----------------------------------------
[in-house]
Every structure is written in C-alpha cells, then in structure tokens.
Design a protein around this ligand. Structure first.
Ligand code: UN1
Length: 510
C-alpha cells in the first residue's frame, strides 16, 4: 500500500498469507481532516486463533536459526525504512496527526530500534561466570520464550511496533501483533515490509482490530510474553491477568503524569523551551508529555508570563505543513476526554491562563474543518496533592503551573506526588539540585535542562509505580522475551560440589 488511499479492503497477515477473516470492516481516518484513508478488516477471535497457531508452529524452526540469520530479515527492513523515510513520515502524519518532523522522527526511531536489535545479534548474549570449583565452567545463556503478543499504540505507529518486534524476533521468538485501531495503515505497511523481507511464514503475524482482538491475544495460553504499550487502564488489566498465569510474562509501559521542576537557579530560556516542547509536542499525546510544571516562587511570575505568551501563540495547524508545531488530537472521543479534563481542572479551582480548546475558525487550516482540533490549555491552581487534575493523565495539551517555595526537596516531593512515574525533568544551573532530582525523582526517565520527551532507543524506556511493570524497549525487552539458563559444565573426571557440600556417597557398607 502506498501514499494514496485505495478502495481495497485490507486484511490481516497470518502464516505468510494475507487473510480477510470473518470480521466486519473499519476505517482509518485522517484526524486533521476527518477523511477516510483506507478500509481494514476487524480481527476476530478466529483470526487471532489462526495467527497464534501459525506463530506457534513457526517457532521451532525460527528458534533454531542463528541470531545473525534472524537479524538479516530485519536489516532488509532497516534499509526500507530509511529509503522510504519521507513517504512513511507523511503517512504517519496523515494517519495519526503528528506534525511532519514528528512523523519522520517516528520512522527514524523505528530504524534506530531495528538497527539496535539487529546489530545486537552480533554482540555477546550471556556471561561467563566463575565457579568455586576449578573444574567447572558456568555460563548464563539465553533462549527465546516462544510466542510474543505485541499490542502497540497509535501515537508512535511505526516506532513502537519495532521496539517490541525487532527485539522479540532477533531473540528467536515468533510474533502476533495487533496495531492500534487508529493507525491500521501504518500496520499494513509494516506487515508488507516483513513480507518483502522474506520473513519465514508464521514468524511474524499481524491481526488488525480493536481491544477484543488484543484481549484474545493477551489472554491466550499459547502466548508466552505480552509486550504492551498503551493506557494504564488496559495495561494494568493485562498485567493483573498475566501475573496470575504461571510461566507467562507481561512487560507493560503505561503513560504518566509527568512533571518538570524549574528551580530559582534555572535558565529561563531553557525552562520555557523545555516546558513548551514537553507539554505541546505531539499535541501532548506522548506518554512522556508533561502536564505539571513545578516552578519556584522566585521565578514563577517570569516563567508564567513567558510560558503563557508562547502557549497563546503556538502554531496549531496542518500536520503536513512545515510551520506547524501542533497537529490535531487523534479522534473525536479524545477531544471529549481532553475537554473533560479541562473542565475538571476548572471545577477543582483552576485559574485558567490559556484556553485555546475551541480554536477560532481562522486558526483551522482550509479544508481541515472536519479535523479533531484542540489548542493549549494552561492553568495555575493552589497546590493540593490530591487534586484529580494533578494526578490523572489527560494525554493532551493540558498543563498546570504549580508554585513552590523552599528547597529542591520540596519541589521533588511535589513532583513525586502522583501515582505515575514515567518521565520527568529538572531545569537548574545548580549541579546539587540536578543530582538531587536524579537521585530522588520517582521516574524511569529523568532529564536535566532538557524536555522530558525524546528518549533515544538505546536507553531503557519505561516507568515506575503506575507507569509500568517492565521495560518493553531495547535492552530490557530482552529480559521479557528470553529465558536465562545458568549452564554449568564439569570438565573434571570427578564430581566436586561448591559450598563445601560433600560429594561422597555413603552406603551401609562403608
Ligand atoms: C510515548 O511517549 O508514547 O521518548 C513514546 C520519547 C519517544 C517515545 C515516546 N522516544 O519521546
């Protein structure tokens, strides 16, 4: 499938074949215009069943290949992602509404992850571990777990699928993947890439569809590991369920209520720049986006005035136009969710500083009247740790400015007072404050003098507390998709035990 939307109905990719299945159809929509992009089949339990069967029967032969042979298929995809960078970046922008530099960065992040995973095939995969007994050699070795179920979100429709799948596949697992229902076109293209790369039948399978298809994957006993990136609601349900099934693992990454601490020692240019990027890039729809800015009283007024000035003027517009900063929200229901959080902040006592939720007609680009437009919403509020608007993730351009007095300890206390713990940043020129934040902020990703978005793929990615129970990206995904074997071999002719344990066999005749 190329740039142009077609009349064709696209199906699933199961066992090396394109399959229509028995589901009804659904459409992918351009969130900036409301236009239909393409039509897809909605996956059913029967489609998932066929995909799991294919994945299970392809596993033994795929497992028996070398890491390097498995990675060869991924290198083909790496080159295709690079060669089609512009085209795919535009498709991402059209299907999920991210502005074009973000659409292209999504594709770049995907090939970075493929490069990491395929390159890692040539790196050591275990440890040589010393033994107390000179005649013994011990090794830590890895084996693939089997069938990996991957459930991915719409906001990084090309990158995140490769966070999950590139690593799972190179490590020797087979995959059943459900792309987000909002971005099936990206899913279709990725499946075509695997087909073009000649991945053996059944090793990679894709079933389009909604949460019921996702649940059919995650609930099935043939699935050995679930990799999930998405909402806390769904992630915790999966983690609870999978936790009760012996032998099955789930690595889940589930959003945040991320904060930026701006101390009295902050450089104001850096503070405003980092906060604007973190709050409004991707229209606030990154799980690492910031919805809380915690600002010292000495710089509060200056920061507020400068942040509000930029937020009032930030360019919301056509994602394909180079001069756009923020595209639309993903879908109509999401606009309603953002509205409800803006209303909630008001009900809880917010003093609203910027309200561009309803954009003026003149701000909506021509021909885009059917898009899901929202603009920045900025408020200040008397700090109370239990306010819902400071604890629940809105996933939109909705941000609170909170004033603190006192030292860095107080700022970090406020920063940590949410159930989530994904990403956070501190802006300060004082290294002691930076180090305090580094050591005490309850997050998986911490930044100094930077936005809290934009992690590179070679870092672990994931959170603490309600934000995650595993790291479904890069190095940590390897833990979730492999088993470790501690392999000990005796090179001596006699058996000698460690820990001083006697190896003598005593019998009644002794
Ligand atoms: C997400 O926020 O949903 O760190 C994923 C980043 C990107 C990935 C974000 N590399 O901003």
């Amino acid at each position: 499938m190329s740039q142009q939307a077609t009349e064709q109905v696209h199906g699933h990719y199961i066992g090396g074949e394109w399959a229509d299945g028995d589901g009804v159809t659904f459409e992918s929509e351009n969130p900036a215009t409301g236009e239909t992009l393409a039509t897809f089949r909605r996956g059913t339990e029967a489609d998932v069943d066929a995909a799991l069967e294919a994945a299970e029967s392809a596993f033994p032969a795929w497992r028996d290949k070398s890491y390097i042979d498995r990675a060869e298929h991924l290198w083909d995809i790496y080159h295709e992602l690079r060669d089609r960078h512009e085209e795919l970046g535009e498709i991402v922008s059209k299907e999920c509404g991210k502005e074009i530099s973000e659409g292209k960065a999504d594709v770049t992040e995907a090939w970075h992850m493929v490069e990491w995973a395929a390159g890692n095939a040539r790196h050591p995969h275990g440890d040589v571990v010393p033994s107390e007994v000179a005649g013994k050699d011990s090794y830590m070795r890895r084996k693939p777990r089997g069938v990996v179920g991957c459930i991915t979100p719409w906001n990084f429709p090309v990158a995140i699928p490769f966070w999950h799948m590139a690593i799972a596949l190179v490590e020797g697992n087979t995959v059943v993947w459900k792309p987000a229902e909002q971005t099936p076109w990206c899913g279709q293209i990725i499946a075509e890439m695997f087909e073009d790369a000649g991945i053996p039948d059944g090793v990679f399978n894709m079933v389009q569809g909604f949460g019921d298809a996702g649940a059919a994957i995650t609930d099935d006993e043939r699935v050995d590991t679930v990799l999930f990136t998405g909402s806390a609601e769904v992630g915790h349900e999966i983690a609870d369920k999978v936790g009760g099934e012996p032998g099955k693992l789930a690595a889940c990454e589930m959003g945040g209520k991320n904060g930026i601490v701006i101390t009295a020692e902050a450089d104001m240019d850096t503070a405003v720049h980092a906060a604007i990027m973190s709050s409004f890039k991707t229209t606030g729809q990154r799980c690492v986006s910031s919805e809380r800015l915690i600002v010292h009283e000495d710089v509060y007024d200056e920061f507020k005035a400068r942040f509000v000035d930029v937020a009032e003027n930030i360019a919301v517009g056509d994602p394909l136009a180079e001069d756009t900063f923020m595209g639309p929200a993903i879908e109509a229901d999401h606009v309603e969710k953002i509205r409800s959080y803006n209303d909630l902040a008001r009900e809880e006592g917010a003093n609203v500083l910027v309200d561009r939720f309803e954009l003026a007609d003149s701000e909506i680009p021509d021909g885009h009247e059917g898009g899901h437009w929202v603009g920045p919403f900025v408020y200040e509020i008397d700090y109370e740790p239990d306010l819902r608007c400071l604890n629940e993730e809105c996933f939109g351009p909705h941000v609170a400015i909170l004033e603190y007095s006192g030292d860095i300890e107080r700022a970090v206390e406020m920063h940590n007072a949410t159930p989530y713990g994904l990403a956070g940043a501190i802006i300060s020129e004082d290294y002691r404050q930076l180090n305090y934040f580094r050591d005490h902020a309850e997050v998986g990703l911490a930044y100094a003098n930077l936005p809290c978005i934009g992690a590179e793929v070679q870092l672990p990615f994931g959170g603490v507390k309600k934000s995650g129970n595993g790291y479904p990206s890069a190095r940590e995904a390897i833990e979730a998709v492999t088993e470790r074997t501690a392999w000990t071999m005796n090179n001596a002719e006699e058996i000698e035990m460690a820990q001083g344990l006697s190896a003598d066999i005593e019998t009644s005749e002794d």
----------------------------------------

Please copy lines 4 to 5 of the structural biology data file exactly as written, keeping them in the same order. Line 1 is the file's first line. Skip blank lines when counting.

Ligand code: UN1
Length: 510